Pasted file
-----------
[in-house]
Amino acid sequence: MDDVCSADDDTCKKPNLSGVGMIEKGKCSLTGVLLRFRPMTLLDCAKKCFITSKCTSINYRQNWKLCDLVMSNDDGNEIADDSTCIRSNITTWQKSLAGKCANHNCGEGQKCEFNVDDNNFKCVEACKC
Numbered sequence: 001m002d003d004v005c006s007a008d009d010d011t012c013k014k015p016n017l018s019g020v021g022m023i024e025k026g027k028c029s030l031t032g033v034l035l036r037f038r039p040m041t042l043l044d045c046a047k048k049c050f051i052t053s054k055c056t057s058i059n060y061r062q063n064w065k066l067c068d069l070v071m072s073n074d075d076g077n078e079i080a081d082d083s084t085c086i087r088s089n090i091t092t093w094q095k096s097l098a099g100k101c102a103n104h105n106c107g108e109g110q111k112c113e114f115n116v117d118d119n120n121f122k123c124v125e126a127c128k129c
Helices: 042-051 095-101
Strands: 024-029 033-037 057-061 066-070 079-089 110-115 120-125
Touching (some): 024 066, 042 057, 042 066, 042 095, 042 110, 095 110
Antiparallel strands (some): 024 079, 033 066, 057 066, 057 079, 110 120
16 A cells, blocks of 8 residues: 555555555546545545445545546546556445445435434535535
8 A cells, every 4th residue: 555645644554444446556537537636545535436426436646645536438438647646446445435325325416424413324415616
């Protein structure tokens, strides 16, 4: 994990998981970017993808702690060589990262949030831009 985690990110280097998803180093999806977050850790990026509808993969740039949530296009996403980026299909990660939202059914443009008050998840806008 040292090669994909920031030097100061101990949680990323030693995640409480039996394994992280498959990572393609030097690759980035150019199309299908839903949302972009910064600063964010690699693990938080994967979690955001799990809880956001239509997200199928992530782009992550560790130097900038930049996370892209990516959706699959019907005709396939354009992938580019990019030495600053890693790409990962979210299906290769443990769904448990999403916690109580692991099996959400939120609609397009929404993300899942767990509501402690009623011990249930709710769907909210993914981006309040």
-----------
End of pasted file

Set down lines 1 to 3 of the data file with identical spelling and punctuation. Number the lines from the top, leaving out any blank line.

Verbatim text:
[in-house]
Amino acid sequence: MDDVCSADDDTCKKPNLSGVGMIEKGKCSLTGVLLRFRPMTLLDCAKKCFITSKCTSINYRQNWKLCDLVMSNDDGNEIADDSTCIRSNITTWQKSLAGKCANHNCGEGQKCEFNVDDNNFKCVEACKC
Numbered sequence: 001m002d003d004v005c006s007a008d009d010d011t012c013k014k015p016n017l018s019g020v021g022m023i024e025k026g027k028c029s030l031t032g033v034l035l036r037f038r039p040m041t042l043l044d045c046a047k048k049c050f051i052t053s054k055c056t057s058i059n060y061r062q063n064w065k066l067c068d069l070v071m072s073n074d075d076g077n078e079i080a081d082d083s084t085c086i087r088s089n090i091t092t093w094q095k096s097l098a099g100k101c102a103n104h105n106c107g108e109g110q111k112c113e114f115n116v117d118d119n120n121f122k123c124v125e126a127c128k129c